The United States Census Bureau calculates national poverty levels by using a threshold income value set according to family size and composition. In 2010, a family of five earning a combined annual income below $26,675 qualified as “impoverished.” On June 4, 2011, the United States Census Bureau released data collected in the 2010 census which showed 46.2 million Americans living in poverty – the largest number recorded since poverty estimates were first collected in 1959. The 2010 poverty rate of 15.1% was the highest recorded in America since 1993.
The census data further revealed that poverty rates differed greatly by ethnic group, with 27.47% of African Americans and 26.6% of Latino Americans living in poverty compared to 9.9% of whites and 12.1% of Asian Americans. Other indicia of economic and social well-being also demonstrated racial differences. For example, census figures showed that 18.1% of Asian Americans, 20.5% of African Americans, and 30.7% of Latino Americans lacked health insurance in 2010 compared to 11.7% of whites and 16.3% of the nation overall.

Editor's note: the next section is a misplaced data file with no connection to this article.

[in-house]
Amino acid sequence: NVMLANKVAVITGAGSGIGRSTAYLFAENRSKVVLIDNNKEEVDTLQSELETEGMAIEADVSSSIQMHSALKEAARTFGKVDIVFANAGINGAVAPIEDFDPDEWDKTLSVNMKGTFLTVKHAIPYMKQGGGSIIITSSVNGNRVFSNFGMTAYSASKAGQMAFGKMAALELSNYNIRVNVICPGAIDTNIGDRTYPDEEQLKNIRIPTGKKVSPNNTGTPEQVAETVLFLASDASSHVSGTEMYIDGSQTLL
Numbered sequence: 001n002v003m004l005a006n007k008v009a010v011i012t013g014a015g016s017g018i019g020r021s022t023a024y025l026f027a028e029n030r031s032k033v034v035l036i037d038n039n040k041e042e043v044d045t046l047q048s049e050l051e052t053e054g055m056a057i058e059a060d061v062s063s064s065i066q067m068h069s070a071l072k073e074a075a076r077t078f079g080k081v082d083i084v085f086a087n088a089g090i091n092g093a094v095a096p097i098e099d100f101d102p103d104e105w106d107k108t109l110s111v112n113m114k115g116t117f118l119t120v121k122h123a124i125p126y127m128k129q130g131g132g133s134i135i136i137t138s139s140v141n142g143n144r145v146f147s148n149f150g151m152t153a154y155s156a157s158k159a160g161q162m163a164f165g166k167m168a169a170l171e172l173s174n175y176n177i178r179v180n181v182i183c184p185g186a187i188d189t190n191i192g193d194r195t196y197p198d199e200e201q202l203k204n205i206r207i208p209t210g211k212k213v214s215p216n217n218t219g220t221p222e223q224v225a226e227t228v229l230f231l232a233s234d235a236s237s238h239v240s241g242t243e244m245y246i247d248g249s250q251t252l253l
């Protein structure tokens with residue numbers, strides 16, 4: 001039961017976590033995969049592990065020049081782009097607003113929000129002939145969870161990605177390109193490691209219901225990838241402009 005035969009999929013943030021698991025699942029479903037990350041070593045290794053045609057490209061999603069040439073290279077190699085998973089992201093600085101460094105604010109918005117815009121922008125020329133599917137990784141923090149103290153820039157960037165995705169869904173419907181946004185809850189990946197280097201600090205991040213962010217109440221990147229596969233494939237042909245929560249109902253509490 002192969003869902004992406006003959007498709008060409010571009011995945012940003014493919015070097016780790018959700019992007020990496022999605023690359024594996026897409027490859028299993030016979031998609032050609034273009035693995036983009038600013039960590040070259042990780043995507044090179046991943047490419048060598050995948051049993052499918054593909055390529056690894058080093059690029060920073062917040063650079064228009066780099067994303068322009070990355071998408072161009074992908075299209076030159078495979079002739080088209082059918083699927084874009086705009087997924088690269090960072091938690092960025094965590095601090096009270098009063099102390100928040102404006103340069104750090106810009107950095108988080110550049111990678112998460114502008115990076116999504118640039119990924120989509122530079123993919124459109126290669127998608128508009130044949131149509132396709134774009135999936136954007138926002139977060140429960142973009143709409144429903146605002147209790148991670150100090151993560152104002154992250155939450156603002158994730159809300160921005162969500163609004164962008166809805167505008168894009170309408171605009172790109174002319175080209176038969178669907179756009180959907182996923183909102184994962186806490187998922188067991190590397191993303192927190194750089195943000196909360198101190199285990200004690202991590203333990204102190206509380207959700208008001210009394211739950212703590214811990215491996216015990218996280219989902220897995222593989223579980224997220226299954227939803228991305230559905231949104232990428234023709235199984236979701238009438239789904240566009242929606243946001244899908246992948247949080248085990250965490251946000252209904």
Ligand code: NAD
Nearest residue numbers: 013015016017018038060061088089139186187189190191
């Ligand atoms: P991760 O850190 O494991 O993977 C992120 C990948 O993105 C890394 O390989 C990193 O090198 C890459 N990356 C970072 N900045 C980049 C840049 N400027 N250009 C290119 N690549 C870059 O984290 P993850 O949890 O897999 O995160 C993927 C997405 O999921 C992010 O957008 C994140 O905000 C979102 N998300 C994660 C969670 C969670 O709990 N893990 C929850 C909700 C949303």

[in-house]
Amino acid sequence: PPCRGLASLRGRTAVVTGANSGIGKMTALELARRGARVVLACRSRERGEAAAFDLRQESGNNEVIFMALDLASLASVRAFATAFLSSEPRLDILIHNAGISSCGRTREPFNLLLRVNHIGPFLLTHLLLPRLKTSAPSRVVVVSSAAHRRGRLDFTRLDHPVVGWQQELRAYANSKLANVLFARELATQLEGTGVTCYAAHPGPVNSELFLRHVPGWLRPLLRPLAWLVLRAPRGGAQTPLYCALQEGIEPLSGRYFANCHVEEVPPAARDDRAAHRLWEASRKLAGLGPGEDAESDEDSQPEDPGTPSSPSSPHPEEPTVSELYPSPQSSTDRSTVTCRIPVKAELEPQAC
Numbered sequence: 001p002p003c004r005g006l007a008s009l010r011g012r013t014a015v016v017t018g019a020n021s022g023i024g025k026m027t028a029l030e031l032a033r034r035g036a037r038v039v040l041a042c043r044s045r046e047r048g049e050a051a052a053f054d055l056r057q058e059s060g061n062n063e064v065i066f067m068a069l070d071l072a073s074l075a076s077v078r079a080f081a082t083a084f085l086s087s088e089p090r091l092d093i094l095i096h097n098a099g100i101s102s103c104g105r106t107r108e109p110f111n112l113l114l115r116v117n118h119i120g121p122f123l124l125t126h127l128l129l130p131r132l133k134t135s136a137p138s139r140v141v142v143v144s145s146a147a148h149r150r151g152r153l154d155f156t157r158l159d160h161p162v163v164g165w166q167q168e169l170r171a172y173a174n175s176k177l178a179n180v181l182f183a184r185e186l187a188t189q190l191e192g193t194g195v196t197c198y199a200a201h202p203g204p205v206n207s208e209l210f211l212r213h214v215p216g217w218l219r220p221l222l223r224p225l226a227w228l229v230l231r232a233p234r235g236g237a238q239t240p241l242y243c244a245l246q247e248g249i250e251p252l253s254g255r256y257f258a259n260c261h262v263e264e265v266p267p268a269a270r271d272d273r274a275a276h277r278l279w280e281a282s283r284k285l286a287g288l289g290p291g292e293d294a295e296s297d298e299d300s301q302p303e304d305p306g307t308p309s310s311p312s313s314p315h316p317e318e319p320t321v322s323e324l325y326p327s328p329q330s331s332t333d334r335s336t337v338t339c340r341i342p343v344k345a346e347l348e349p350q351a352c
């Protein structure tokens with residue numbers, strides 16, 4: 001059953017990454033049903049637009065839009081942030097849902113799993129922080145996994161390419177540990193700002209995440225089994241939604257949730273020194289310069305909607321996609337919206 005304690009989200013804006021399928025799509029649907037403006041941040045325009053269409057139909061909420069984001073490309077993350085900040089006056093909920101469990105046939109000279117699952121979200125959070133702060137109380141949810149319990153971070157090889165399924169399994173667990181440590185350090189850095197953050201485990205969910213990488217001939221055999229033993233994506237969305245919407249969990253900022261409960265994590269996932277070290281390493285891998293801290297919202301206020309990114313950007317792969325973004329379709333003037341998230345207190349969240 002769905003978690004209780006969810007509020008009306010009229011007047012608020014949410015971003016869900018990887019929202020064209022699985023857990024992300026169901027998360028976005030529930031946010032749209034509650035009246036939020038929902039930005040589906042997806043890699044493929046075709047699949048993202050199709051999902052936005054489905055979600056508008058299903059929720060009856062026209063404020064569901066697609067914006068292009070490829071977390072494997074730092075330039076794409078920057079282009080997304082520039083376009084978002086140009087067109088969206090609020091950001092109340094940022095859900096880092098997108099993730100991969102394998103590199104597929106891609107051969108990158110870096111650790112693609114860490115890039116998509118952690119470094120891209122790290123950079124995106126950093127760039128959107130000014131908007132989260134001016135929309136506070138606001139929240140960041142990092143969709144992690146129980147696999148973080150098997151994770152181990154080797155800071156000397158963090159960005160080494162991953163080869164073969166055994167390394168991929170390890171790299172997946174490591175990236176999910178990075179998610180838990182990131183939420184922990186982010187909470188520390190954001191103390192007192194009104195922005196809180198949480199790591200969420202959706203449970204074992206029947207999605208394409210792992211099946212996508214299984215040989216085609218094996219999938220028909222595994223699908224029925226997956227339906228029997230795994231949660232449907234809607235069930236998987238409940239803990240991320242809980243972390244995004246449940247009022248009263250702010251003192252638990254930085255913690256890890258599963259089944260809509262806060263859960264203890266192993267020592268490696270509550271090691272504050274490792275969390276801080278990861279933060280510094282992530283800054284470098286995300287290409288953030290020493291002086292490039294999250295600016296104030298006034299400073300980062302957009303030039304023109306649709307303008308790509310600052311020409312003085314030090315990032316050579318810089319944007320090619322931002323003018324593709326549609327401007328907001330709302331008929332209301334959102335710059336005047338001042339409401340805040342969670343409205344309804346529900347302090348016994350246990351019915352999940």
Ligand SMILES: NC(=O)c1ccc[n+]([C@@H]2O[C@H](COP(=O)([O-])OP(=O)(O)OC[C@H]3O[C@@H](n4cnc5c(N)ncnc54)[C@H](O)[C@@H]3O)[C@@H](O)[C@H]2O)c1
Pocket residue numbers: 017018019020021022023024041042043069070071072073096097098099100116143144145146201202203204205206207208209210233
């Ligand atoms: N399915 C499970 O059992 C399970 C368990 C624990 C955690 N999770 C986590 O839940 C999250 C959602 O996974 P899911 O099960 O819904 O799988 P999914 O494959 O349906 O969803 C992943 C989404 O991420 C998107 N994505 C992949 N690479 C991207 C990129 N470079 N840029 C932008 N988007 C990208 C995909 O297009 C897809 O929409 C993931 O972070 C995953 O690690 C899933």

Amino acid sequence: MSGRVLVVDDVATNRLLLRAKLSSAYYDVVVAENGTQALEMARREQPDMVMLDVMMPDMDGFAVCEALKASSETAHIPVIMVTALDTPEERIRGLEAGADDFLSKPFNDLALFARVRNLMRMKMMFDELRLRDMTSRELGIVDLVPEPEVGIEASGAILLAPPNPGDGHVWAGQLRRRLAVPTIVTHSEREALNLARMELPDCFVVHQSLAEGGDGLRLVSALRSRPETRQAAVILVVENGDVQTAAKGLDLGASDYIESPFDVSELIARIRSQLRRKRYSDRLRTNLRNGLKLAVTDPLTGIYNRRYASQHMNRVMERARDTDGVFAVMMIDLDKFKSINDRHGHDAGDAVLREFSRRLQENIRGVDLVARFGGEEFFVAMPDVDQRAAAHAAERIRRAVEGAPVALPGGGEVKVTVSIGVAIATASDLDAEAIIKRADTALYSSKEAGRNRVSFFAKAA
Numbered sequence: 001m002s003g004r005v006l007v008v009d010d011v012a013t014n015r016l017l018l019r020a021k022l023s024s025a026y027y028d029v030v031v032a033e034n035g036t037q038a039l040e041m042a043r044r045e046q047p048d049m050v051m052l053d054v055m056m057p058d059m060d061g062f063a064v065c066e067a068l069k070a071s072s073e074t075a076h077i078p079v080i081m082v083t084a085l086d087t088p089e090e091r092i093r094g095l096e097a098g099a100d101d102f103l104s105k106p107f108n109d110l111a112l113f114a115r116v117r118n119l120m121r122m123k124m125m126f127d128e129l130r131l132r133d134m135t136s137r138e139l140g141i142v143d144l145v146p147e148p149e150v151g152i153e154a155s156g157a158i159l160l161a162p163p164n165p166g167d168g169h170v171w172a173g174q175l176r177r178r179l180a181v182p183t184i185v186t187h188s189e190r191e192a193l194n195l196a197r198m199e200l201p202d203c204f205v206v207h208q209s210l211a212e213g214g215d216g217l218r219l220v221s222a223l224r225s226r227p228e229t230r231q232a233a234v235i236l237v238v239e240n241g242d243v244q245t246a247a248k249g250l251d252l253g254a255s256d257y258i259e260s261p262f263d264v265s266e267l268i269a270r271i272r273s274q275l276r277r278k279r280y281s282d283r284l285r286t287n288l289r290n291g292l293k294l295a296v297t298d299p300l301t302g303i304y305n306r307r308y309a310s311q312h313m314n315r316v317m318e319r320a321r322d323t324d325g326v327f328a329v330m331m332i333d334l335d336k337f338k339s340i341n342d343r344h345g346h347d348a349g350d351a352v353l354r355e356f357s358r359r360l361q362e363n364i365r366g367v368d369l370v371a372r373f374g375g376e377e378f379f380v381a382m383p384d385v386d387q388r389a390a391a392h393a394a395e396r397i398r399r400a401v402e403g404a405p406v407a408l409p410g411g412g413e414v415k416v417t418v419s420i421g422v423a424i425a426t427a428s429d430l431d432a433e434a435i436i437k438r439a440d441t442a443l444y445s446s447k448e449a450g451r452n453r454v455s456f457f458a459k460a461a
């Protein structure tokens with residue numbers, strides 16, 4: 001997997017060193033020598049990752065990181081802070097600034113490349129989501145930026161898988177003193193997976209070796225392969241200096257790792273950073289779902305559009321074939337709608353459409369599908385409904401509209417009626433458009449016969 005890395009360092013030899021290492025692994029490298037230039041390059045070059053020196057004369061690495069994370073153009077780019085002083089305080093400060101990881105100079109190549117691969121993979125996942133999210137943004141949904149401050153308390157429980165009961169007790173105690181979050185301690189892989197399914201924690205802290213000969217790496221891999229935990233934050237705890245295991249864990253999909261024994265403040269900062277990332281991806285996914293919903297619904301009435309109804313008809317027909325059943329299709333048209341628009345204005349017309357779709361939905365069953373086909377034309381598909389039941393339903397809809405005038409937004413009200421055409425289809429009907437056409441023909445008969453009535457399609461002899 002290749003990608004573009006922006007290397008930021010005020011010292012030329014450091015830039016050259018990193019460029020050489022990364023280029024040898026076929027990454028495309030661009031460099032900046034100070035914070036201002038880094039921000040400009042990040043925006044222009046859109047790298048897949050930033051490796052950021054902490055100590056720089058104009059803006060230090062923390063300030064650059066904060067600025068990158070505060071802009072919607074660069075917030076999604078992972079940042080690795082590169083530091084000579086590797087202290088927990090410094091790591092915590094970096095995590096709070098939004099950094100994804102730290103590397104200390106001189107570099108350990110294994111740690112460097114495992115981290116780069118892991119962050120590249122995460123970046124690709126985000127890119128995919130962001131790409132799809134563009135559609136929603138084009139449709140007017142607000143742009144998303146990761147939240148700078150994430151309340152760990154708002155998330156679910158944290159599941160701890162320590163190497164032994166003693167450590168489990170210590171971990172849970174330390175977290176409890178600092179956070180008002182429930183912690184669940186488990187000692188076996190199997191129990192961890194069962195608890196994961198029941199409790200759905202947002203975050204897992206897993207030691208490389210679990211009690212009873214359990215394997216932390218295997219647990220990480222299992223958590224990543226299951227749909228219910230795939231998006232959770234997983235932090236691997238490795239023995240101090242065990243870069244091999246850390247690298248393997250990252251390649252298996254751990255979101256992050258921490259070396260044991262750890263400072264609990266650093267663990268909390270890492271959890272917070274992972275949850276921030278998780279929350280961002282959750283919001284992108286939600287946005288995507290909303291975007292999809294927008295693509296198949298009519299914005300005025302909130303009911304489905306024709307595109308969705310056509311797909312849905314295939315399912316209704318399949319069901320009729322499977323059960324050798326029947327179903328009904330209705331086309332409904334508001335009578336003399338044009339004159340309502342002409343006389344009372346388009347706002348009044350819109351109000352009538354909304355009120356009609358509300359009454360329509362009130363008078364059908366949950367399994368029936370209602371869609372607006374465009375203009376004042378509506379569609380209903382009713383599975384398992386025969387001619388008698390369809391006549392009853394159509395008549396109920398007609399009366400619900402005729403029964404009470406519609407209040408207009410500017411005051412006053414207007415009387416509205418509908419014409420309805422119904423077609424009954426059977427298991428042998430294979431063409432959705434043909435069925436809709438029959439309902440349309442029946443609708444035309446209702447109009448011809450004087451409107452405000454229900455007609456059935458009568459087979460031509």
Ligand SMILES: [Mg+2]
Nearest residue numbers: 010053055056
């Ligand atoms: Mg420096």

“The Equal Justice Initiative (EJI) is proud to present A History of Racial Injustice – 2018 Calendar. America’s history of racial inequality continues to undermine fair treatment, equal justice, and opportunity for many Americans. The genocide of Native people, the legacy of slavery and racial terror, and the legally supported abuse of racial minorities are not well understood. EJI believes that a deeper engagement with our nation’s history of racial injustice is important to addressing present-day questions of social justice and equality.